Protestors are no longer minding the gap when it comes to the state’s minimum wage.
Protestors flocked to the Huntington Long Island Rail Road station during the evening rush hour on Monday in support of an increase in the state minimum wage.
The group also hit several other North Shore train stations in areas where state senators have not yet committed to supporting New York Gov. Andrew Cuomo’s (D) proposal for a $15-per-hour minimum wage.
“This state thrives when every New Yorker has the opportunity and the ability to succeed,” Cuomo said in a statement in support of his minimum wage hike from $9 per hour. “Yet the truth is that today’s minimum wage still leaves far too many people behind — unacceptably condemning them to a life of poverty even while they work full-time. This year, we are going to change that. We are going to raise the minimum wage to bring economic opportunity back to millions of hardworking New Yorkers and lead the nation in the fight for fair pay.”
Members of the group Bend the Arc: A Jewish Partnership for Justice, organized the protests with hopes of putting pressure on North Shore lawmakers.
“We’re making a splash during rush hour today to remind our state senators that the economic security of millions of New Yorkers is in their hands,” Rachel Ackoff, senior national organizer at Bend the Arc, said in an email. “Our state and country are facing an economic inequality crisis and raising the minimum wage is essential to help countless families get by and strengthen our economy.”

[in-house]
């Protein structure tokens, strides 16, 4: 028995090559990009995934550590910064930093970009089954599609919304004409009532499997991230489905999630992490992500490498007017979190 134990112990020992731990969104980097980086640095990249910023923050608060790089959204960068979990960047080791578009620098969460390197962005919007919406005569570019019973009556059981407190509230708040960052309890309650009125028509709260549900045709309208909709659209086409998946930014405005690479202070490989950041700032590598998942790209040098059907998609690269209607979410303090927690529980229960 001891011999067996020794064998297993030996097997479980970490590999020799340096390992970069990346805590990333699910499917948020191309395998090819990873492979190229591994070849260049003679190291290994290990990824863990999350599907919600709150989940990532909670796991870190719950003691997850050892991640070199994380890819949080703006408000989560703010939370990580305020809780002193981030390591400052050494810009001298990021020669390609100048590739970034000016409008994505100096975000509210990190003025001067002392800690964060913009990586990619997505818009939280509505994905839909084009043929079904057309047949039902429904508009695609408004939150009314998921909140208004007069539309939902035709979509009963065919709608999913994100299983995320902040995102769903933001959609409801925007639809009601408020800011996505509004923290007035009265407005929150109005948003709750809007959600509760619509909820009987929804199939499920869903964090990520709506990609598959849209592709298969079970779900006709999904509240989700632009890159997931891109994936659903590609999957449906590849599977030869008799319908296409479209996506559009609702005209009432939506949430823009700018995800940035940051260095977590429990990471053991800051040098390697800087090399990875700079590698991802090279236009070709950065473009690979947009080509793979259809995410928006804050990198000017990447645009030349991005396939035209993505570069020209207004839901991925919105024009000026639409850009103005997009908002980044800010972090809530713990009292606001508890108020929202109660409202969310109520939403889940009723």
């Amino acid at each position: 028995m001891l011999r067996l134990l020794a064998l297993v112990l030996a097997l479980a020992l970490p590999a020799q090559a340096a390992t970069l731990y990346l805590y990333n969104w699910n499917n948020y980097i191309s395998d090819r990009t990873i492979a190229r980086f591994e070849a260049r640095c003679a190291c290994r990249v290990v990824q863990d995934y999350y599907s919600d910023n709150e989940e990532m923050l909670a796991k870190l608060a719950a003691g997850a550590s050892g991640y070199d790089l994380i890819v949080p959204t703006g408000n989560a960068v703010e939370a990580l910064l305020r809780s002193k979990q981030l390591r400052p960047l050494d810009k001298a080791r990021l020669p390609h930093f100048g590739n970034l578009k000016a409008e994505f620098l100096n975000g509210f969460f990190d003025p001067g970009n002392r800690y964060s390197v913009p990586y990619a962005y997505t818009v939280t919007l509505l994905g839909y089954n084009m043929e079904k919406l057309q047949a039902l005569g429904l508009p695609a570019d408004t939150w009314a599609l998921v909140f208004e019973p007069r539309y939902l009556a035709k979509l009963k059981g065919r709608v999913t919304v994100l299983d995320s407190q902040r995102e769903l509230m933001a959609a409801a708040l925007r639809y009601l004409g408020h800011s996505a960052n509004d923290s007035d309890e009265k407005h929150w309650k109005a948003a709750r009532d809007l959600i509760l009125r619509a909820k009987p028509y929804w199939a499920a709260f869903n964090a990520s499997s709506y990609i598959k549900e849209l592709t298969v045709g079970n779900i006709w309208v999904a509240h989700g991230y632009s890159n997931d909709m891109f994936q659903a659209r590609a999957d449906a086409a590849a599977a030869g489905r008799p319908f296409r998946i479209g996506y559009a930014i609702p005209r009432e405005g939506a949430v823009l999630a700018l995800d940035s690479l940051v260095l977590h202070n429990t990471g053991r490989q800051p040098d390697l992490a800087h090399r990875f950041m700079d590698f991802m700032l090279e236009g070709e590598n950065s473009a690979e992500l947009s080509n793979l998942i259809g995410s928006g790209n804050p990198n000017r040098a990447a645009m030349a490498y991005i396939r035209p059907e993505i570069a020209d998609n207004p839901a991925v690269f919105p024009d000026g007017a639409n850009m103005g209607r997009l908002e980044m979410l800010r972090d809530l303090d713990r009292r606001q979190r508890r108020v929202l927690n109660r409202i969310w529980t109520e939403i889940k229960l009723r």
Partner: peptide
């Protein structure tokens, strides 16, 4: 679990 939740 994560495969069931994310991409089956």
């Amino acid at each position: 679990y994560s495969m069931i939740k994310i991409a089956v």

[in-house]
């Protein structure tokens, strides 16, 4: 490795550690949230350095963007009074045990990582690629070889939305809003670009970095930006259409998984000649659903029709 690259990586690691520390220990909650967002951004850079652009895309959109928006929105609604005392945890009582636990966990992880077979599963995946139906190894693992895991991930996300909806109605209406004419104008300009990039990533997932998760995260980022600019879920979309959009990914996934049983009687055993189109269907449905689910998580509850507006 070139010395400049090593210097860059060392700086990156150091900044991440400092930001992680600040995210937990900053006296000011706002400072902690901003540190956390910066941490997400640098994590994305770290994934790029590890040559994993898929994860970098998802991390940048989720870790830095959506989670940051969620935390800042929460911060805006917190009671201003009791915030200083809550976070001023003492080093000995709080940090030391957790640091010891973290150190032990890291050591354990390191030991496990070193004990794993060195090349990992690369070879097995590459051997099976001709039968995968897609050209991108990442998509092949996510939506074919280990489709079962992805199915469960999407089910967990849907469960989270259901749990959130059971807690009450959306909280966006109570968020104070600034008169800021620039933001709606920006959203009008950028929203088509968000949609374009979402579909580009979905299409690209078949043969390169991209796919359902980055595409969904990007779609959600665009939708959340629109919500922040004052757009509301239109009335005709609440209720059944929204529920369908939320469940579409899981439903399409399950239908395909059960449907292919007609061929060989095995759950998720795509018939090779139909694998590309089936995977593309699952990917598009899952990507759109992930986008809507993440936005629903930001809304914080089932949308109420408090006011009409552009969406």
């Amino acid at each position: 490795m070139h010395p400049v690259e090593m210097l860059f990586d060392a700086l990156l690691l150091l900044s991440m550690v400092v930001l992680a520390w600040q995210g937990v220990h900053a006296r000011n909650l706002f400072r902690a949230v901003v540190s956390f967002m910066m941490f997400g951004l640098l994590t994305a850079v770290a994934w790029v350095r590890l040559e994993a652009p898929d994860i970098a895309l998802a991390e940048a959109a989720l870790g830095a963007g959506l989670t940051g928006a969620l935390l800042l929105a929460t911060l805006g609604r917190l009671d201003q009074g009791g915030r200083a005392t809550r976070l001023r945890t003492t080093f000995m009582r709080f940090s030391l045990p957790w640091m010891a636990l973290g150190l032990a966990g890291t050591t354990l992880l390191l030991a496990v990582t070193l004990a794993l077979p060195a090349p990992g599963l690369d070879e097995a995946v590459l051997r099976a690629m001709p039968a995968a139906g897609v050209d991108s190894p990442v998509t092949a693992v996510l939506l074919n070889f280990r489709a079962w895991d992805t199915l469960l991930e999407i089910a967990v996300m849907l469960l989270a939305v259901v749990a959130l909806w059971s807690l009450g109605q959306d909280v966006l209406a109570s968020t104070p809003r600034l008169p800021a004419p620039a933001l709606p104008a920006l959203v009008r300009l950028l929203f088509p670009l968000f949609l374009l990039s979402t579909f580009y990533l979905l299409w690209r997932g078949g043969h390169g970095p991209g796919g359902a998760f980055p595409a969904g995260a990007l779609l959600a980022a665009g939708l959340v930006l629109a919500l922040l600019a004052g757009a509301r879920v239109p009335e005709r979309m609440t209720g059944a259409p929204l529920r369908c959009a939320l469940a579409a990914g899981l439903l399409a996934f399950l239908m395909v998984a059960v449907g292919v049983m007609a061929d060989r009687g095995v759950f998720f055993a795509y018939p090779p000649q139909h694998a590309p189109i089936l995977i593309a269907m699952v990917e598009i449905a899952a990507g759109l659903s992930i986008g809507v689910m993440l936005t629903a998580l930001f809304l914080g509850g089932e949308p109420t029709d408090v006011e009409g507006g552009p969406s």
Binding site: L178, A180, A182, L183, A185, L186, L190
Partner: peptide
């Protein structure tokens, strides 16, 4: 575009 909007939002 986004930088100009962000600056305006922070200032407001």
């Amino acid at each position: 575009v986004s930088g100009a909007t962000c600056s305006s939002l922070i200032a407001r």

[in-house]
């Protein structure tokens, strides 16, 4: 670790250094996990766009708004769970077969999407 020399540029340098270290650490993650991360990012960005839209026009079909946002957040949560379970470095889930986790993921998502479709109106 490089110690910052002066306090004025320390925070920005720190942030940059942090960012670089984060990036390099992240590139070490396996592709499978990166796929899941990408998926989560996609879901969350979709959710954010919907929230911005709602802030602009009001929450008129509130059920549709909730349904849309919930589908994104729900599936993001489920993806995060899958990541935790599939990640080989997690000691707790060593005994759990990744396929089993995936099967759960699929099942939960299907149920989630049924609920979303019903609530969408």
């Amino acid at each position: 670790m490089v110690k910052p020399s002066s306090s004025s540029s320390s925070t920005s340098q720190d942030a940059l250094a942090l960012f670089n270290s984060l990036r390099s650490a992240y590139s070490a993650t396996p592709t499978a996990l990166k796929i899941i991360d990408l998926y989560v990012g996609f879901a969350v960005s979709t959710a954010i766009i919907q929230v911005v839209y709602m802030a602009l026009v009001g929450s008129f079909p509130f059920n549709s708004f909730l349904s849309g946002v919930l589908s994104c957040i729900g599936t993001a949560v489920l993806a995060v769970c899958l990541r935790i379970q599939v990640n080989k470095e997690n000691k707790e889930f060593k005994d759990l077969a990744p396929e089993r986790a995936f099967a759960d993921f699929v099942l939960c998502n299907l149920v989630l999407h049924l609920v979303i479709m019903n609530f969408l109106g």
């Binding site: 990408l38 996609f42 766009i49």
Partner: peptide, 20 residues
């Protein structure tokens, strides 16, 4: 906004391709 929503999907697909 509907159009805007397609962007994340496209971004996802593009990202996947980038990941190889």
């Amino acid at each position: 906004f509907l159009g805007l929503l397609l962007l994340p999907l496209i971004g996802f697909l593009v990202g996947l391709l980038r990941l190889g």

As for why the group chose to protest at train stations, Ackoff said it is a common ground for all walks of life.
“LIRR stations are the central meeting grounds of thousands of workers heading to and from their jobs each day,” she said. “We appreciated the cheers and thumbs up of the folks we encountered.”
Ackoff said many New York workers who are not making the minimum wage are struggling to support families.
“We’re so outraged by the fact that so many parents in our state, who are working full times jobs on the current minimum wage, aren’t even paid enough to provide for their families’ basic needs,” she said. ““It’s time for our state leaders to take action.”
She zeroed in on specific North Shore lawmakers, including state Sens. John Flanagan (R-East Northport), Carl Marcellino (R-Syosset), and Michael Venditto (R-Massapequa).
Marcellino, who presides over parts of Huntington, did not return a call for a comment.
Bend the Arc has several chapters across the country, and this year, they launched #JewsFor15 a campaign to support the fight for $15, by mobilizing Jewish communities across the country to support local and state campaigns to increase the minimum wage. They said they feel not supporting the $15-per-hour minimum wage is a violation of fundamental values as both Jews and Americans.
“By speaking up for the ‘Fight for $15 movement,’ we are honoring the legacy of our Jewish ancestors, many of whom immigrated to the U.S. at the turn of the century, worked in factories, and fought for higher wages and union rights,” Ackoff said.
Eric Schulmiller, of the Reconstructionist Synagogue of the North Shore in Manhasset, echoed the sentiment while speaking at the Hicksville train station.
“I’m here today because striving for social justice is a core part of my identity as a faith leader and a core part of Jewish communal traditions,” he said. “Jews have been engaged in America’s social justice movements for generations and we’re not about stand on the sidelines now, when countless American families are struggling to make ends meet and economic inequality is growing more and more severe.”